A Joint Press Release by Advocacy Forum and the Asian Legal Resource Centre (ALRC)
(Geneva, Hong Kong, Kathmandu, July 9, 2012) Advocacy Forum and the Asian Legal Resource Centre held a special event at the United Nations Human Rights Council in Geneva on July 4, 2012, to discuss the need to develop the Council’s ability to address chronic human rights situations in a way that enables tangible and sustainable improvements. Providing a platform for this discussion was supported by Human Rights Watch, the International Commission of Jurists and the International Service for Human Rights. The experience of Nepal, notably in view of the recent closure of the Office of the High Commissioner for Human Rights’ (OHCHR) Nepal office, viewed by many as a flagship field presence at its peak, was used to illustrate and assess the challenges faced by the international human rights system in translating “crisis intervention strategies” into concrete, lasting advances such as the strengthening of national mechanisms and institutions to enable effective protection of human rights.
The panel and discussion was attended by state representatives, UN officials and members of civil society. It opened with a presentation on the “toolbox” available to the Human Rights Council to address country situations. While recent developments, such as strong Council action on Syria were highlighted, it was noted that suggestions made by the UN High Commissioner for Human Rights in her 2009 Annual Report, as well as by States and civil society during the 2011 Human Rights Council Review concerning improved responses to emergency and chronic human rights situations, had led to few concrete outcomes.
During the discussions, the importance of using international vetting of soldiers taking part in UN peace-keeping missions was underscored as being an important tool to improve respect for human rights by the military.
Speakers also highlighted how the challenges faced by the OHCHR’s Nepal office reflect those faced more widely by the international system when it attempts to address chronic, endemic and systemic human rights problems as opposed to emergency situations. It was noted that despite significant resources, the office struggled to convert its initial gains into a strategy to effectively assist Nepal in tackling long-term structural issues, such as the need for police reforms and action against impunity. Ultimately, its effectiveness dwindled, in particular after the closure of its regional offices and the reduction of its mandate in 2010 under a renewed agreement with the government, until it ceased all activities on December 8, 2011, with few tangible systemic and institutional improvements having been achieved.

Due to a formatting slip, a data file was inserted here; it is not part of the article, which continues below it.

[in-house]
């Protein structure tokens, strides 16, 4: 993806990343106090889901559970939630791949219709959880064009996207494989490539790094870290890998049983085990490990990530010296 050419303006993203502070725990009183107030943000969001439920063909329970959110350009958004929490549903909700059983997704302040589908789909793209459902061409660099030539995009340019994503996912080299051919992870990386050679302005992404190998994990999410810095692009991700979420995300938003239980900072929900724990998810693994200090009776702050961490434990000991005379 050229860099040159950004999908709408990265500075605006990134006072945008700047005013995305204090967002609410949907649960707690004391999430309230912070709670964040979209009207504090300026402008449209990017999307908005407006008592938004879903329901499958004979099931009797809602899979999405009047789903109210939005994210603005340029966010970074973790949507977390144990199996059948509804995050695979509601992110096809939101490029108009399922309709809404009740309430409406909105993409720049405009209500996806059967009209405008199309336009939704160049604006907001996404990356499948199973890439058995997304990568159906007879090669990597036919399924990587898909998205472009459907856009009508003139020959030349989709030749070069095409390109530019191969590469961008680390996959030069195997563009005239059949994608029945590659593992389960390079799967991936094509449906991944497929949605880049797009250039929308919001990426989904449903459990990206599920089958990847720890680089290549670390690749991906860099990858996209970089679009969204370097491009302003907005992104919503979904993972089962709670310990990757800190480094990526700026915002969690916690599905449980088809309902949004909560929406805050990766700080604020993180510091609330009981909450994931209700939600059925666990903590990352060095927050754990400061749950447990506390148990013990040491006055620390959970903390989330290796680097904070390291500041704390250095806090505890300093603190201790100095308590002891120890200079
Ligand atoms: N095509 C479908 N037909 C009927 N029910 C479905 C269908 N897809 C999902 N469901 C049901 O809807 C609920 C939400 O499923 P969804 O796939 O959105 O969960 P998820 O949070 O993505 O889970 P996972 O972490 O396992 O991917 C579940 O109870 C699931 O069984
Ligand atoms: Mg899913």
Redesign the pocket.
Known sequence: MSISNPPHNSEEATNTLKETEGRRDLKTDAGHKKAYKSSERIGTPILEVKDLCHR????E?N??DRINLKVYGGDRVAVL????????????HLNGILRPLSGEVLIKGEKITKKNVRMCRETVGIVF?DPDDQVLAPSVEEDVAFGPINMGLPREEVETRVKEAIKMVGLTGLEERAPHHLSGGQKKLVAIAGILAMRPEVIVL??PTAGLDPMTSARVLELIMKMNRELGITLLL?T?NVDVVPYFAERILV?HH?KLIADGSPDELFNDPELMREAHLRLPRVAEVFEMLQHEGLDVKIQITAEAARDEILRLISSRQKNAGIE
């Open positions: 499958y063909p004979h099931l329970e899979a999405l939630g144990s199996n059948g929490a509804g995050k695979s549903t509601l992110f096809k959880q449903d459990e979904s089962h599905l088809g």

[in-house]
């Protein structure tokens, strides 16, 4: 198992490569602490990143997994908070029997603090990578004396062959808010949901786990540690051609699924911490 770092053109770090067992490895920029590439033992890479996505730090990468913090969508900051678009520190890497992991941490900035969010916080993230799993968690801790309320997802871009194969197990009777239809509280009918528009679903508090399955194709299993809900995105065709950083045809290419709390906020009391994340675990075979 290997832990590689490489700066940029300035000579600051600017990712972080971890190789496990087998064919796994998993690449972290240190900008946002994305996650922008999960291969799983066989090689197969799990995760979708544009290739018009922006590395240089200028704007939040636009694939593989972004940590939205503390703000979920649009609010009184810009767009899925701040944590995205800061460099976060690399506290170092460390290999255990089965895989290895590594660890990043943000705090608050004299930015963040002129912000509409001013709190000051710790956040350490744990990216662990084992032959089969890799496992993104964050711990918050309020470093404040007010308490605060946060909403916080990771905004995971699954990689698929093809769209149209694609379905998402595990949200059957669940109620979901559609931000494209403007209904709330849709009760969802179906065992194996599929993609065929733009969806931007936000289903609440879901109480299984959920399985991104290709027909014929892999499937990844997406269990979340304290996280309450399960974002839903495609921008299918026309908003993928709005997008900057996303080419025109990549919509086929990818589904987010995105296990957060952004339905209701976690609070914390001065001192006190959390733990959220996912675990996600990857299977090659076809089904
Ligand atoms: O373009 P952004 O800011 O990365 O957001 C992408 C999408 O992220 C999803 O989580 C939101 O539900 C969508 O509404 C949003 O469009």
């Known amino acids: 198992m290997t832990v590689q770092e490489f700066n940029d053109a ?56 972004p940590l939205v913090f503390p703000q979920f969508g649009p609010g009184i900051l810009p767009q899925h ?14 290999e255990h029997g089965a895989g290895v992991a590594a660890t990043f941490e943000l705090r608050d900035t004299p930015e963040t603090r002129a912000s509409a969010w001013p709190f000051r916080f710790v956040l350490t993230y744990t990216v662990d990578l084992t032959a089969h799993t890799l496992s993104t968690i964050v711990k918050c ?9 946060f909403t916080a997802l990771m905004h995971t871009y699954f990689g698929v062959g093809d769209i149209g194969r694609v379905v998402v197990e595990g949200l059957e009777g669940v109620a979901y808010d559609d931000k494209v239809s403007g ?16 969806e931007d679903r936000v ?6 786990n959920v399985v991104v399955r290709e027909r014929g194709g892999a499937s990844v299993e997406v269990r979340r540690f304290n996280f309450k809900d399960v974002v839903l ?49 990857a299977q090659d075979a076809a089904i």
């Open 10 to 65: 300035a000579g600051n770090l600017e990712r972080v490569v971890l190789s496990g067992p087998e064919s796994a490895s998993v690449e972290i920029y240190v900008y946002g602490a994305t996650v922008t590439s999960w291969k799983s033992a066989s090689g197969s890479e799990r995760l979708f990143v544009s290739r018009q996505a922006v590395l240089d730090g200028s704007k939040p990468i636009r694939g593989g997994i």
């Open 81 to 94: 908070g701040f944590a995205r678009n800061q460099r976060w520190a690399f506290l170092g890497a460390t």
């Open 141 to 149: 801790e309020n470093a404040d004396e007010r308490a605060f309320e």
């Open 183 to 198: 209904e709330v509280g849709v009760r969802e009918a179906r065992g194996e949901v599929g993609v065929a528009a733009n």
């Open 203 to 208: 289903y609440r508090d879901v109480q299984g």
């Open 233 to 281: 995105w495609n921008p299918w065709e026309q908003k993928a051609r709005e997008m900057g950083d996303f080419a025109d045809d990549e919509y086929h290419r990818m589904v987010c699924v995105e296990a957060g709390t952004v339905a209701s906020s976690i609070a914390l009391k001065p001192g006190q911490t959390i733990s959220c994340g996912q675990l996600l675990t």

This has resulted in a monitoring gap, at a time when Nepal’s political and constitutional future looks bleak. Limited implementation of its recommendations and concerns about the newly adopted NHRC Act curtail the NHRC’s independence and mandate and cast serious doubt over its capacity in this regard.
The gains made concerning local civil society’s ability to work on human rights, as well as the protection provided to victims are also put at risk following the departure of the OHCHR from Nepal. Amid the current context of a protracted political stalemate, a constitutional vacuum and increasing identity-based divisions between communities and the potential deterioration of the human rights situations that these entail, such a monitoring and reporting gap is of serious concern. The urgent need for the appointment of a senior international human rights adviser to Nepal was emphasized.
The panellists also expressed particular concern about the lack of progress in the investigation and prosecution of hundreds of documented cases of conflict-related human rights violations. Commitments to establish transitional justice mechanisms have been used as a pretext to justify inaction concerning cases through the regular criminal justice system, despite the Supreme Court ruling to the contrary. Recent suggestions by the government that it may establish such mechanisms through ordinances raises serious questions concerning these mechanisms’ independence, sustainability and ability to deal with cases in line with international standards.
The example of Nepal shows how important it is to develop the international human rights system’s toolbox concerning chronic and structural human rights situations. As such, the panellists called for a thorough assessment of the role, strategy and legacy of the OHCHR’s Nepal office.